The Hand that Rocks the Cradle (1992) – As a man expecting his first child any day now, this movie has been on my mind a lot lately. Taking its title from William Ross Wallace’s 1865 poem The Hand that Rocks the Cradle is the Hand that Rules the World, the film is a chilling reversal of Wallace’s praise of motherhood, following a vengeful woman who infiltrates a well-to-do family as their nanny, only to tear them apart from the inside. The film stands as one of the better horror offerings from the genre’s fallow period in the 1990s (following the 80’s Slasher boom and preceding the mass importation of J-Horror at the turn of the millennia). The general lack of competition from the era makes its generally forgotten status even more untenable today.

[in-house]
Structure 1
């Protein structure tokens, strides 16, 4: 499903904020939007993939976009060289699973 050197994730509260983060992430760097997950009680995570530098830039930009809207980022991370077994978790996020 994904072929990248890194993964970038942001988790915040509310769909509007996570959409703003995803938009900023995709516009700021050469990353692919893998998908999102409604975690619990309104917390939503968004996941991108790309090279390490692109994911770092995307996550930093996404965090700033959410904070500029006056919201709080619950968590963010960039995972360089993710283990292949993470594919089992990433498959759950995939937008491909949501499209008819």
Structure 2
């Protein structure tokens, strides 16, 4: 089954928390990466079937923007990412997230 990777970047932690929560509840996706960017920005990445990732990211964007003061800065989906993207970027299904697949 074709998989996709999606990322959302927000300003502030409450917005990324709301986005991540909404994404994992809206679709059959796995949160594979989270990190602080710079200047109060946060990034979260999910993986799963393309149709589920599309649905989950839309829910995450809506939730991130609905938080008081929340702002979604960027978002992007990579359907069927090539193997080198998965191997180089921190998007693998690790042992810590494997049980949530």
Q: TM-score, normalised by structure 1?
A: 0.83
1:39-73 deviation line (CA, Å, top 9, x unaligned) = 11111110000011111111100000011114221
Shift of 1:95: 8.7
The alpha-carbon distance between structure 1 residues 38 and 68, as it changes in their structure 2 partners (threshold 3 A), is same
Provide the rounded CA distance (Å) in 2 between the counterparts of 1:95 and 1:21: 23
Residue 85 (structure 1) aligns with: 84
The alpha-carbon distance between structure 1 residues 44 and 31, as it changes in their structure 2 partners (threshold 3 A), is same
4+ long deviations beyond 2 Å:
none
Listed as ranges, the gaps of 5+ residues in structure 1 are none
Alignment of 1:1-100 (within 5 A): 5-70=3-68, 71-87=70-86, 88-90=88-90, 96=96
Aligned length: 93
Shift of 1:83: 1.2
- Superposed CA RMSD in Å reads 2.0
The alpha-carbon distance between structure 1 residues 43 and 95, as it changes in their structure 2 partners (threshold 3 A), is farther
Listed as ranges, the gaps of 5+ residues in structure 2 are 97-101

Midsommar (2019) – If there was any doubt about Ari Aster’s status as an emerging horror auteur after his debut film Hereditary (2018), his immediate follow-up the very next year laid all such speculation to rest. Featuring the same, ominous style, the same methodical pacing, the same four-act structure and the same fixation on both womanhood and modern medication, Midsommar is a sun dappled and psychedelic companion piece to Hereditar’s nightclad gloom. It builds on and complicates Aster’s emerging visual and thematic vocabulary, emerging as one of last year’s (and the last decade’s) best genre offerings.